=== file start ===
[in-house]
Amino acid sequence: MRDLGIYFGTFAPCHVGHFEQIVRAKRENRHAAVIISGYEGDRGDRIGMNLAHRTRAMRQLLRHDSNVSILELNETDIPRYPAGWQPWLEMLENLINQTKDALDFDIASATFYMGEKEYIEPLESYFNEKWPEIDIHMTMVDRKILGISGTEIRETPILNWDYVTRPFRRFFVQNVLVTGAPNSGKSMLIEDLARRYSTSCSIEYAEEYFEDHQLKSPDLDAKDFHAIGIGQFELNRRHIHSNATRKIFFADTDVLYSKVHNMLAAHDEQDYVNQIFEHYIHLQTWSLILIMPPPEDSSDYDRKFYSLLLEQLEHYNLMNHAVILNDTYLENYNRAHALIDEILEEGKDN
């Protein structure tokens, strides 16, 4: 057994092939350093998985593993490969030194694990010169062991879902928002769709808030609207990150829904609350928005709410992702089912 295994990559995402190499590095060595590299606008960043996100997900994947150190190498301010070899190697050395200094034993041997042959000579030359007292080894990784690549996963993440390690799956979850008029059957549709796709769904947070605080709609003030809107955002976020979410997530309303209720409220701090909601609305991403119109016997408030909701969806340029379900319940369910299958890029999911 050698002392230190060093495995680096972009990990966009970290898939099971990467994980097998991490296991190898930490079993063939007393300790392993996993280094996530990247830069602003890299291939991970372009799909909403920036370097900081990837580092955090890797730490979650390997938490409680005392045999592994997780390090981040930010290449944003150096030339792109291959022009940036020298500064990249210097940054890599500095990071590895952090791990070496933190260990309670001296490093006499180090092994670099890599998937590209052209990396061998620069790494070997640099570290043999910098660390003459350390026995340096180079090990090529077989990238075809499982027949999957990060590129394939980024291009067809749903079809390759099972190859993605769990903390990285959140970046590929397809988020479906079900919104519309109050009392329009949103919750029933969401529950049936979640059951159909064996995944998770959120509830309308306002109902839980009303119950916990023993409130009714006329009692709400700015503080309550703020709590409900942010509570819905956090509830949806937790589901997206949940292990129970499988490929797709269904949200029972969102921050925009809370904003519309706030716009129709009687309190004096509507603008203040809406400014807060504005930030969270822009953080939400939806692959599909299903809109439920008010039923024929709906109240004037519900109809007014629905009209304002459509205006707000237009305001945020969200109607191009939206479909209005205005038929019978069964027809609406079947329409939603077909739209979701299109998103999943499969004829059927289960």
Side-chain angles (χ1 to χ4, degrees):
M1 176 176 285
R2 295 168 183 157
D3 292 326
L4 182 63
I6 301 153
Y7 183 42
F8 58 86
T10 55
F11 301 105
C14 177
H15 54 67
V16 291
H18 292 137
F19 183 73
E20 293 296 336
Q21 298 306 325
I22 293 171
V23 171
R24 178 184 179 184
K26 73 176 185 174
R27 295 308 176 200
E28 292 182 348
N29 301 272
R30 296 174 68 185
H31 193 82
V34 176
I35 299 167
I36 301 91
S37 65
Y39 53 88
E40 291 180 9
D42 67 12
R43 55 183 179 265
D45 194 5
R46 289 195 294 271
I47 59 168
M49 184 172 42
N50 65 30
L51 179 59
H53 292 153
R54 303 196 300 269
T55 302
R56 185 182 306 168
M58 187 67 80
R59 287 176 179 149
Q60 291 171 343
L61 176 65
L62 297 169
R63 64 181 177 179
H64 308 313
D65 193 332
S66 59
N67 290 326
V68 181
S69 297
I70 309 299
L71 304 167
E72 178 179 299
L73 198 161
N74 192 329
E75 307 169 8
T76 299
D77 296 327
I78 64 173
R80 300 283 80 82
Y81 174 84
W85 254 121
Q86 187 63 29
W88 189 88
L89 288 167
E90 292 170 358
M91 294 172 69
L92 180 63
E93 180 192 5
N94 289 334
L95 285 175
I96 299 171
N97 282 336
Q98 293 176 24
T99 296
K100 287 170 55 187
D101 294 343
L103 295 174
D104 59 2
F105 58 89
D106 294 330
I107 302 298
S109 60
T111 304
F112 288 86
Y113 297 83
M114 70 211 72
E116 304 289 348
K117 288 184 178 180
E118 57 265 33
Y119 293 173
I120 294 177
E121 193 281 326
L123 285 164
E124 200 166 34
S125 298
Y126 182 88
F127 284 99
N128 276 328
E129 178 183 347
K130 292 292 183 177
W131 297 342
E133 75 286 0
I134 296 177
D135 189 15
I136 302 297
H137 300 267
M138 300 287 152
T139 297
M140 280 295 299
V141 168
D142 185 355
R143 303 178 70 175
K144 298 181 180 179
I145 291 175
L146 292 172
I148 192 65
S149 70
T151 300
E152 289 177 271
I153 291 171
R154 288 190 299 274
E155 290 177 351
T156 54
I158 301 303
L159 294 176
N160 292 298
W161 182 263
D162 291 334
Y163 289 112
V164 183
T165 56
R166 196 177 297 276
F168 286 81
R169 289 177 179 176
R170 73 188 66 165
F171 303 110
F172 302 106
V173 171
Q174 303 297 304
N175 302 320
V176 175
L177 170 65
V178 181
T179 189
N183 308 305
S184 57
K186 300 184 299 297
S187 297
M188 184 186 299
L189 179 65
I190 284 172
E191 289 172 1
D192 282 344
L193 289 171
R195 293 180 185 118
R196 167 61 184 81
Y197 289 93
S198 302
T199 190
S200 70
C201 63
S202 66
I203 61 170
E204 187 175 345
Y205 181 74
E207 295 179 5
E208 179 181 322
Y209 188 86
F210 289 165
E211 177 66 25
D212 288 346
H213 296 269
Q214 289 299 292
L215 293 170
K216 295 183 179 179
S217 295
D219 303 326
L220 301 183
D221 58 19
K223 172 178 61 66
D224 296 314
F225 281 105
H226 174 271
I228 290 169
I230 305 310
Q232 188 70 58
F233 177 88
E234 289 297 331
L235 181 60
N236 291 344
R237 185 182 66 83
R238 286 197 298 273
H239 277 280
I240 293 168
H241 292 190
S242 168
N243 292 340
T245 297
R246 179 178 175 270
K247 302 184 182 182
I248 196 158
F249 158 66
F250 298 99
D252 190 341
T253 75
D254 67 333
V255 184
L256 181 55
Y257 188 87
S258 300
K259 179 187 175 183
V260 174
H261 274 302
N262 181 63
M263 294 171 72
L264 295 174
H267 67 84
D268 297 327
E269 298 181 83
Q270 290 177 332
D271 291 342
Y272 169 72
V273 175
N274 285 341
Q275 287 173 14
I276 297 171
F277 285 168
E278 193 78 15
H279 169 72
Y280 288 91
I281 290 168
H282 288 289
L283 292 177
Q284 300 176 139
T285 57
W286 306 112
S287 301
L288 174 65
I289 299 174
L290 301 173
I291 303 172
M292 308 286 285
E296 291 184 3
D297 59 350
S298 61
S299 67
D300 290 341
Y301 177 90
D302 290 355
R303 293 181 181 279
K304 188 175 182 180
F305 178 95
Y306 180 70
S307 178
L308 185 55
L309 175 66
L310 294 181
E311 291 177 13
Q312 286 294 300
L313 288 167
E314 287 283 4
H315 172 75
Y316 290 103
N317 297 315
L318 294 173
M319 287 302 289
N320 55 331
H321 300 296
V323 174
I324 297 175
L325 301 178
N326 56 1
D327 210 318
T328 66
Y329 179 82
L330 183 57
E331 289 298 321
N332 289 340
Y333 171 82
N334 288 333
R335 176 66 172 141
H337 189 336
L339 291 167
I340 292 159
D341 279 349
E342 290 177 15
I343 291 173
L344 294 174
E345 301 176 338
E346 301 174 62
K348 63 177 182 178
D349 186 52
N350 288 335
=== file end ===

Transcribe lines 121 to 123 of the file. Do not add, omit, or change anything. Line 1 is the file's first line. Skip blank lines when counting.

D142 185 355
R143 303 178 70 175
K144 298 181 180 179